I'm developing an Android application where I have entities A and sub-entities B. An A can have multiple Bs associated with it. (There's a database check for referential integrity).

I'm planning to implement a delete Action bar button with a trash icon. Bear in mind that checking for relationships may take time (asynchronously). Which of the following flows (or anything you can think of) would be better?

  1. Post-confirm error checking

    a) User clicks the delete button

    b) User is asked if (s)he wants to delete the A (yes/no confirm)

    c) App displays: Sorry, can't delete A, it still has Bs associated to it
    (implying that (s)he has to delete all Bs first, but no shortcut to that)

  2. Pre-confirm error checking

    a) User clicks the delete button

    b) App displays: Sorry, can't delete A, it still has Bs associated to it
    (implying that (s)he has to delete all Bs first, but no shortcut to that)

  3. Pre-click error checking

    a) User can't click the delete button it's not shown or disabled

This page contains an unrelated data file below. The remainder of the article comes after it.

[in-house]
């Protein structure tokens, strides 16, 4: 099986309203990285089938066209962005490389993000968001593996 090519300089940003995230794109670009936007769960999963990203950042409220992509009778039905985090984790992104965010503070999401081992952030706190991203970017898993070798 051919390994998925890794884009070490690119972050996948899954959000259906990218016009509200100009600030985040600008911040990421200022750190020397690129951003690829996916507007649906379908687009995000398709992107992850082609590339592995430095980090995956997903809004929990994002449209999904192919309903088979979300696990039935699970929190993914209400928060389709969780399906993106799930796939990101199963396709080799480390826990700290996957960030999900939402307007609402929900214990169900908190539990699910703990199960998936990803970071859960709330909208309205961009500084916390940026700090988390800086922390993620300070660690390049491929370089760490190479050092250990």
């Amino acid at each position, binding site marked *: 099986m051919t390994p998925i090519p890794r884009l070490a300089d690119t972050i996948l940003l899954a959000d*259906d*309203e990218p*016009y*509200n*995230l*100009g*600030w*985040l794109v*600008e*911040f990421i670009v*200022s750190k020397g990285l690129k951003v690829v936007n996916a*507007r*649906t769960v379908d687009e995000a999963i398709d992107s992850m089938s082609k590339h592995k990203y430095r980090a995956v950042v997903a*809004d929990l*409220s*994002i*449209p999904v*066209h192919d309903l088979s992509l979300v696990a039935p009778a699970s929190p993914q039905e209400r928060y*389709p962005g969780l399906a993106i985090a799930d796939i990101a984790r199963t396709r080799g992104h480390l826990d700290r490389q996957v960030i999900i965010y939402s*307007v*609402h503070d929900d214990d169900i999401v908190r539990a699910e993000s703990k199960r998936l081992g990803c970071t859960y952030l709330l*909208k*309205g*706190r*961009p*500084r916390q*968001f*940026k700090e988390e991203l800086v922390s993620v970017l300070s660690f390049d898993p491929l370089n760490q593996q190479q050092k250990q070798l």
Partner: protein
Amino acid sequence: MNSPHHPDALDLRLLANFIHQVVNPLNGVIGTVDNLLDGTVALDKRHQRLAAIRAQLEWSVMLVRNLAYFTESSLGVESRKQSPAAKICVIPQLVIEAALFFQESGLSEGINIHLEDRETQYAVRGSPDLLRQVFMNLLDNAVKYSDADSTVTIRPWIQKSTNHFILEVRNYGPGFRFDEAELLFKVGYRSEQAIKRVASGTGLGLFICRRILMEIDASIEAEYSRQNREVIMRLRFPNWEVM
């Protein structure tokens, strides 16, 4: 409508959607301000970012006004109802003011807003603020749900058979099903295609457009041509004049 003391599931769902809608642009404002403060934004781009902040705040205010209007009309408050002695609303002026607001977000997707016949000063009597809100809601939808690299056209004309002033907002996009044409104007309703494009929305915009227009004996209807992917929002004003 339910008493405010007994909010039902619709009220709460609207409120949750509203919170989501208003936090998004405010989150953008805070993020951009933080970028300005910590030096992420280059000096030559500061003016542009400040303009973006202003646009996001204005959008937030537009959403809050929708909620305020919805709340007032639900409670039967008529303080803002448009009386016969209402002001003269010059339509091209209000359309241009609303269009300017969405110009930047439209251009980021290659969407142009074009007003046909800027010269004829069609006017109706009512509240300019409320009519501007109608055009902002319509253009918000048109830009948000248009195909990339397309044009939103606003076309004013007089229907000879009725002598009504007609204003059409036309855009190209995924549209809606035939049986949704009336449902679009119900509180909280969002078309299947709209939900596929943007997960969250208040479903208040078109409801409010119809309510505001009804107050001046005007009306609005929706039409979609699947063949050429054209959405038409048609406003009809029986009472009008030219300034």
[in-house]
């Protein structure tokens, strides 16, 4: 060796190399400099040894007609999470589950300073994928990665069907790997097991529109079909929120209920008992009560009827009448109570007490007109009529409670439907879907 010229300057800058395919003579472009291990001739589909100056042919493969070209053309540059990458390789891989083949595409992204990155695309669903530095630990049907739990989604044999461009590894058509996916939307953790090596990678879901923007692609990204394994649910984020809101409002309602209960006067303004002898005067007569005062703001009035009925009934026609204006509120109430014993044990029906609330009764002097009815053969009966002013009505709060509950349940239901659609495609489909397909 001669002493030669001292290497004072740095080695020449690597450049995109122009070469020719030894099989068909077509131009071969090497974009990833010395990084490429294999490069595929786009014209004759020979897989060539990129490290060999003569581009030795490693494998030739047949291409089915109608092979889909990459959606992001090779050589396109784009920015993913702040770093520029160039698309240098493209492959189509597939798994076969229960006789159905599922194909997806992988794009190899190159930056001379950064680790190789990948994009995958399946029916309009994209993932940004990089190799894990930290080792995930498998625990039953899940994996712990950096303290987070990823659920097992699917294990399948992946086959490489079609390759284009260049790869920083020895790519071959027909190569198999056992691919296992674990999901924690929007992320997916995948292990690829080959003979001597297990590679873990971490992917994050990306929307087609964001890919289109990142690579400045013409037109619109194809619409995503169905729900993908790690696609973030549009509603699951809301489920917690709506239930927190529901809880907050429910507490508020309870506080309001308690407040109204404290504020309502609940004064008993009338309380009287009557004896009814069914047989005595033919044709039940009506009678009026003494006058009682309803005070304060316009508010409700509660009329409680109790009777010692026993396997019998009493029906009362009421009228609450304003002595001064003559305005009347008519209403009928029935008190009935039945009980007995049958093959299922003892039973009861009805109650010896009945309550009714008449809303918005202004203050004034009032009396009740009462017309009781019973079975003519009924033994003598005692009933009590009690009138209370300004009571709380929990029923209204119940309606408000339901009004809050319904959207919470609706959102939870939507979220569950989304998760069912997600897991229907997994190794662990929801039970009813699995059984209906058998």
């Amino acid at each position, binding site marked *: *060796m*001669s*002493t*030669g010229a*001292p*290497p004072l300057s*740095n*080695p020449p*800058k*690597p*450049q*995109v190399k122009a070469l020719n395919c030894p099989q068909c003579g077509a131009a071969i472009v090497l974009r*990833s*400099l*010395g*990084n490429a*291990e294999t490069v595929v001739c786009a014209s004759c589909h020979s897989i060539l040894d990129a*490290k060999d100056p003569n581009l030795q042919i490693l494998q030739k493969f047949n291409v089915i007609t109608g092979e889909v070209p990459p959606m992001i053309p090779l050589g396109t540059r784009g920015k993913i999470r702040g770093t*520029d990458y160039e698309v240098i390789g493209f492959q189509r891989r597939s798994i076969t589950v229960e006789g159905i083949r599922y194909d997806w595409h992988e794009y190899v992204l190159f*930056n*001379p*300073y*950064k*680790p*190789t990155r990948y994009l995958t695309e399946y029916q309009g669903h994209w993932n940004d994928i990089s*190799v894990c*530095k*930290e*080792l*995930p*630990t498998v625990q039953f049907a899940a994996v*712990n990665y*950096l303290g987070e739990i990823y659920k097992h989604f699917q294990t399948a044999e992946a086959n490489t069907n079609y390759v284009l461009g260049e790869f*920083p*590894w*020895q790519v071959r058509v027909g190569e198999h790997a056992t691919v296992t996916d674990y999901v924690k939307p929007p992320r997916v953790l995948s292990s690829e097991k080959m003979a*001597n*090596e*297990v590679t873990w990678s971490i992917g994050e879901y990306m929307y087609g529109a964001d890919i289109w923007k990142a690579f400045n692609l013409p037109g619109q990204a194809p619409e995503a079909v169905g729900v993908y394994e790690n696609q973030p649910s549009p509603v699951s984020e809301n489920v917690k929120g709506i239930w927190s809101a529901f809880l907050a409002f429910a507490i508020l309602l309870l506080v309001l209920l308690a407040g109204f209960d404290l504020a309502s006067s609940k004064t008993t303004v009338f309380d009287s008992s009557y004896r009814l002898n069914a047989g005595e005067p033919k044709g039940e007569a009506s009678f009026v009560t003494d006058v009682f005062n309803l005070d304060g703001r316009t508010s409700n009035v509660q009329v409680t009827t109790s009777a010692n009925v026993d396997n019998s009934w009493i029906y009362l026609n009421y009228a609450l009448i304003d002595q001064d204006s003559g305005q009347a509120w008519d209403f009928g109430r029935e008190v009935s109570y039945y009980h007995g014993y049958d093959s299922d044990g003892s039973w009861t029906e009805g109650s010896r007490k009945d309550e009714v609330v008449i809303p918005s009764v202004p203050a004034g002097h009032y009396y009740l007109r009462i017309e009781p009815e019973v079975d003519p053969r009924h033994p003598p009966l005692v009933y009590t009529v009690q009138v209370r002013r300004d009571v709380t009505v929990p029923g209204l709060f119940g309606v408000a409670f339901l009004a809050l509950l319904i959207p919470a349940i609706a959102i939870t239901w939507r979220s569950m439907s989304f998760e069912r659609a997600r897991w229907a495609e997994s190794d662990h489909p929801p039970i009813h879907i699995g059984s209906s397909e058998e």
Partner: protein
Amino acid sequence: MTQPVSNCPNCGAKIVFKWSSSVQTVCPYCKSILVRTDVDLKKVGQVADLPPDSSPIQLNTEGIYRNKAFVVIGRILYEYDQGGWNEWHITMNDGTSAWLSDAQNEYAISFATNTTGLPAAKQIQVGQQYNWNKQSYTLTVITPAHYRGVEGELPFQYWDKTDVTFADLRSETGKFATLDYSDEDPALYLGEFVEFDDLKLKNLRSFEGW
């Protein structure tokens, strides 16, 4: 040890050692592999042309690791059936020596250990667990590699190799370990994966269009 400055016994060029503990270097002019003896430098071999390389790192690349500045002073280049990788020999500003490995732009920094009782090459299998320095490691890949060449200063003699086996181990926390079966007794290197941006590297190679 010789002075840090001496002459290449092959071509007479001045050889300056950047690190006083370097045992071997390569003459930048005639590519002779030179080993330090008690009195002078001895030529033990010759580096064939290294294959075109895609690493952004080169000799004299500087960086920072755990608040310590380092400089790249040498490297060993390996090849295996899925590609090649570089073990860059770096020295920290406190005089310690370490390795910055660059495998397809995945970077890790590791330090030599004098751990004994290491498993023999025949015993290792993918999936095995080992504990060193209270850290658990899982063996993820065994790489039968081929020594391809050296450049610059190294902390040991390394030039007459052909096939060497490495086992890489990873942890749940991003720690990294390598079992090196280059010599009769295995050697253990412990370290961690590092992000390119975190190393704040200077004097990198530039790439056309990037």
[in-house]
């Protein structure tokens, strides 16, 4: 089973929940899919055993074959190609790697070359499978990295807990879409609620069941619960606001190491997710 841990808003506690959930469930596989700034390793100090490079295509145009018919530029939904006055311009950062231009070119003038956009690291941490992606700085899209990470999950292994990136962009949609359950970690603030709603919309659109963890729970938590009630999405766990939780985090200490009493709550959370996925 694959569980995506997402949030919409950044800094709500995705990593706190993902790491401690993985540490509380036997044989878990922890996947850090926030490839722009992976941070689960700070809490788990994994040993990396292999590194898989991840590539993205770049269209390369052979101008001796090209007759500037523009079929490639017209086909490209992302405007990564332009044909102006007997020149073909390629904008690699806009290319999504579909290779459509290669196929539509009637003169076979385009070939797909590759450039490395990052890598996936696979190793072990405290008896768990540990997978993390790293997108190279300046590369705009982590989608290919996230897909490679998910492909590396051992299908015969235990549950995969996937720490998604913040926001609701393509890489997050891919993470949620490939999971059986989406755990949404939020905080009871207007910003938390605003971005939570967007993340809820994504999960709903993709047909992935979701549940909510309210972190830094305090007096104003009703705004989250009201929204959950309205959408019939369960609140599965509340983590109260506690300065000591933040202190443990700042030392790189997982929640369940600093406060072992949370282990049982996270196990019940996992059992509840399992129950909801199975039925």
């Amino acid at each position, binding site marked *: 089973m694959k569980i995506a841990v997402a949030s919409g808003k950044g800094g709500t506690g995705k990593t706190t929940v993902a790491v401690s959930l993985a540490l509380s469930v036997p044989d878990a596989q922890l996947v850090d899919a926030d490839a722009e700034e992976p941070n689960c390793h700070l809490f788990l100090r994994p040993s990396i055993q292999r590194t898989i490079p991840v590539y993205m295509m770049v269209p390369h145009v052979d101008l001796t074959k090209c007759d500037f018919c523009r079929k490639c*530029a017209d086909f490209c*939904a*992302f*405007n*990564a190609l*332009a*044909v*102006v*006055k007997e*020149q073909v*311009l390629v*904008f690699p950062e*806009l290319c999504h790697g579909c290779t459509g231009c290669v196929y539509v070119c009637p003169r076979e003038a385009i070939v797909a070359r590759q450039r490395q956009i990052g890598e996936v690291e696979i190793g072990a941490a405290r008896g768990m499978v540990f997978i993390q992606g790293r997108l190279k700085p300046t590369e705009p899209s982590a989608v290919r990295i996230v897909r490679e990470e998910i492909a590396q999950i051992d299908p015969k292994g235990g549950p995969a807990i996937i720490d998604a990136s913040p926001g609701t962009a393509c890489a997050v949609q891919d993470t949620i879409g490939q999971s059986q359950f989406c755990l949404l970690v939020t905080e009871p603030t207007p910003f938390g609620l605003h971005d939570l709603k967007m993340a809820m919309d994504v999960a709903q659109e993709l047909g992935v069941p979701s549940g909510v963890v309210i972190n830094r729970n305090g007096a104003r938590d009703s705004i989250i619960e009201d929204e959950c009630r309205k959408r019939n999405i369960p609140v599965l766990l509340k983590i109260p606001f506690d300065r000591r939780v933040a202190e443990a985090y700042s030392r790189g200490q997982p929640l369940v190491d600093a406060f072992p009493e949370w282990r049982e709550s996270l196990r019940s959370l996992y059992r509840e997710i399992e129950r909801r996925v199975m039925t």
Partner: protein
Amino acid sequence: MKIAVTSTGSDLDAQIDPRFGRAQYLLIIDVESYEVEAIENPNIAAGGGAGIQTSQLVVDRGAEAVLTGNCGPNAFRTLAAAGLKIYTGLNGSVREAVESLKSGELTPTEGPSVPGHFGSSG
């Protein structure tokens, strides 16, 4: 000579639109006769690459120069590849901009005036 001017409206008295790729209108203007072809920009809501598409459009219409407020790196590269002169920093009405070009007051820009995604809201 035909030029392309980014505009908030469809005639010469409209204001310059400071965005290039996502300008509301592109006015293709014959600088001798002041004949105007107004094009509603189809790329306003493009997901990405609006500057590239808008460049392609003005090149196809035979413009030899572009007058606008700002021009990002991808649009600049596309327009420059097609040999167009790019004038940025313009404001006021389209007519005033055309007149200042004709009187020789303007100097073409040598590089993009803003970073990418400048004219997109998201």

(how would (s)he tell why it's not there?)

  4. Post double-confirm

    a) User clicks the delete button

    b) User is asked if (s)he wants to delete (yes/no confirm)

    c) App displays: Sorry, can't delete A, it still has Bs associated to it, do you want to delete these Bs as well?

  5. Flexible confirmation

    a) User clicks the delete button
    Optionally: the delete icon changes based on any Bs associated to the current A

    b) User is asked if (s)he wants to delete A and all Bs associated with it (yes/no confirm)
    Optionally: the all Bs associated with it part only shows if there are any.

3 Answers 3


Suggestion #5 sort of defeats the question.

If it's possible to delete "daughter" (don't know if this is proper lingo) Bs along with "parent" A, why not always suggest that?

On the confirmation dialog, alert that the current action will result in multiple entities (A and Bs) being deleted (list daughter Bs if possible) and confirm to delete the entire branch.

  • In programming it's always parent-child even if it's a box with stuff in it.